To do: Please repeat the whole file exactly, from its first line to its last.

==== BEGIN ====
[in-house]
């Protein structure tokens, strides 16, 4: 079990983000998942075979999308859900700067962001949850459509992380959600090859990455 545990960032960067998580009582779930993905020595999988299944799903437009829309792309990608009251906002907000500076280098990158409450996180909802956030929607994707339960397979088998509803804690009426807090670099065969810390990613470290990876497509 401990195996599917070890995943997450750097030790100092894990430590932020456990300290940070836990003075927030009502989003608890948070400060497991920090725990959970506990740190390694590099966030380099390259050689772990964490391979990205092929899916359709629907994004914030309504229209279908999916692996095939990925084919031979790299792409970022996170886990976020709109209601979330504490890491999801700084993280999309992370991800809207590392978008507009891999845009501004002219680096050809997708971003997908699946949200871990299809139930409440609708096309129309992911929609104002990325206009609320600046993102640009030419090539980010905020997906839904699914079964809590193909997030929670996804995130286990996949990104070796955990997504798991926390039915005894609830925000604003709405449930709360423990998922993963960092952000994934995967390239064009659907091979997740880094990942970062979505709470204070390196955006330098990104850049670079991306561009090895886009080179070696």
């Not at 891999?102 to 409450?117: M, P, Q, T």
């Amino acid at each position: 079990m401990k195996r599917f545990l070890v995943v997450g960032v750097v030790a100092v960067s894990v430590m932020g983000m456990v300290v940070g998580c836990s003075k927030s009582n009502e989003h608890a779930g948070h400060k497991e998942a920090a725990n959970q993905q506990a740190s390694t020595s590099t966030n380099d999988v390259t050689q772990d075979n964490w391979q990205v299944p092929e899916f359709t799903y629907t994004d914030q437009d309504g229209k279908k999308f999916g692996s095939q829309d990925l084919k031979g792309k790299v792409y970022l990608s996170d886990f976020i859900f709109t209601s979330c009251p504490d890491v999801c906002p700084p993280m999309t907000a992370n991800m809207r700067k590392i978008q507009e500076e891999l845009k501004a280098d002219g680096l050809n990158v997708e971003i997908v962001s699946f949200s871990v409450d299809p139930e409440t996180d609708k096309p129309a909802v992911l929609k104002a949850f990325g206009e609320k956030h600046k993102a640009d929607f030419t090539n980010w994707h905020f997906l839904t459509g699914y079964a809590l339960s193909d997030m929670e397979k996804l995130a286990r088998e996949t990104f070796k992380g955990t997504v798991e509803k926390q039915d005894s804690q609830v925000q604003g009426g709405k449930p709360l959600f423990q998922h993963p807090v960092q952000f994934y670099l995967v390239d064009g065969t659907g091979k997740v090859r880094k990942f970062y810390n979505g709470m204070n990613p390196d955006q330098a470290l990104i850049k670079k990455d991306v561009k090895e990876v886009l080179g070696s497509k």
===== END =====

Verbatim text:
[in-house]
């Protein structure tokens, strides 16, 4: 079990983000998942075979999308859900700067962001949850459509992380959600090859990455 545990960032960067998580009582779930993905020595999988299944799903437009829309792309990608009251906002907000500076280098990158409450996180909802956030929607994707339960397979088998509803804690009426807090670099065969810390990613470290990876497509 401990195996599917070890995943997450750097030790100092894990430590932020456990300290940070836990003075927030009502989003608890948070400060497991920090725990959970506990740190390694590099966030380099390259050689772990964490391979990205092929899916359709629907994004914030309504229209279908999916692996095939990925084919031979790299792409970022996170886990976020709109209601979330504490890491999801700084993280999309992370991800809207590392978008507009891999845009501004002219680096050809997708971003997908699946949200871990299809139930409440609708096309129309992911929609104002990325206009609320600046993102640009030419090539980010905020997906839904699914079964809590193909997030929670996804995130286990996949990104070796955990997504798991926390039915005894609830925000604003709405449930709360423990998922993963960092952000994934995967390239064009659907091979997740880094990942970062979505709470204070390196955006330098990104850049670079991306561009090895886009080179070696």
């Not at 891999?102 to 409450?117: M, P, Q, T």
């Amino acid at each position: 079990m401990k195996r599917f545990l070890v995943v997450g960032v750097v030790a100092v960067s894990v430590m932020g983000m456990v300290v940070g998580c836990s003075k927030s009582n009502e989003h608890a779930g948070h400060k497991e998942a920090a725990n959970q993905q506990a740190s390694t020595s590099t966030n380099d999988v390259t050689q772990d075979n964490w391979q990205v299944p092929e899916f359709t799903y629907t994004d914030q437009d309504g229209k279908k999308f999916g692996s095939q829309d990925l084919k031979g792309k790299v792409y970022l990608s996170d886990f976020i859900f709109t209601s979330c009251p504490d890491v999801c906002p700084p993280m999309t907000a992370n991800m809207r700067k590392i978008q507009e500076e891999l845009k501004a280098d002219g680096l050809n990158v997708e971003i997908v962001s699946f949200s871990v409450d299809p139930e409440t996180d609708k096309p129309a909802v992911l929609k104002a949850f990325g206009e609320k956030h600046k993102a640009d929607f030419t090539n980010w994707h905020f997906l839904t459509g699914y079964a809590l339960s193909d997030m929670e397979k996804l995130a286990r088998e996949t990104f070796k992380g955990t997504v798991e509803k926390q039915d005894s804690q609830v925000q604003g009426g709405k449930p709360l959600f423990q998922h993963p807090v960092q952000f994934y670099l995967v390239d064009g065969t659907g091979k997740v090859r880094k990942f970062y810390n979505g709470m204070n990613p390196d955006q330098a470290l990104i850049k670079k990455d991306v561009k090895e990876v886009l080179g070696s497509k």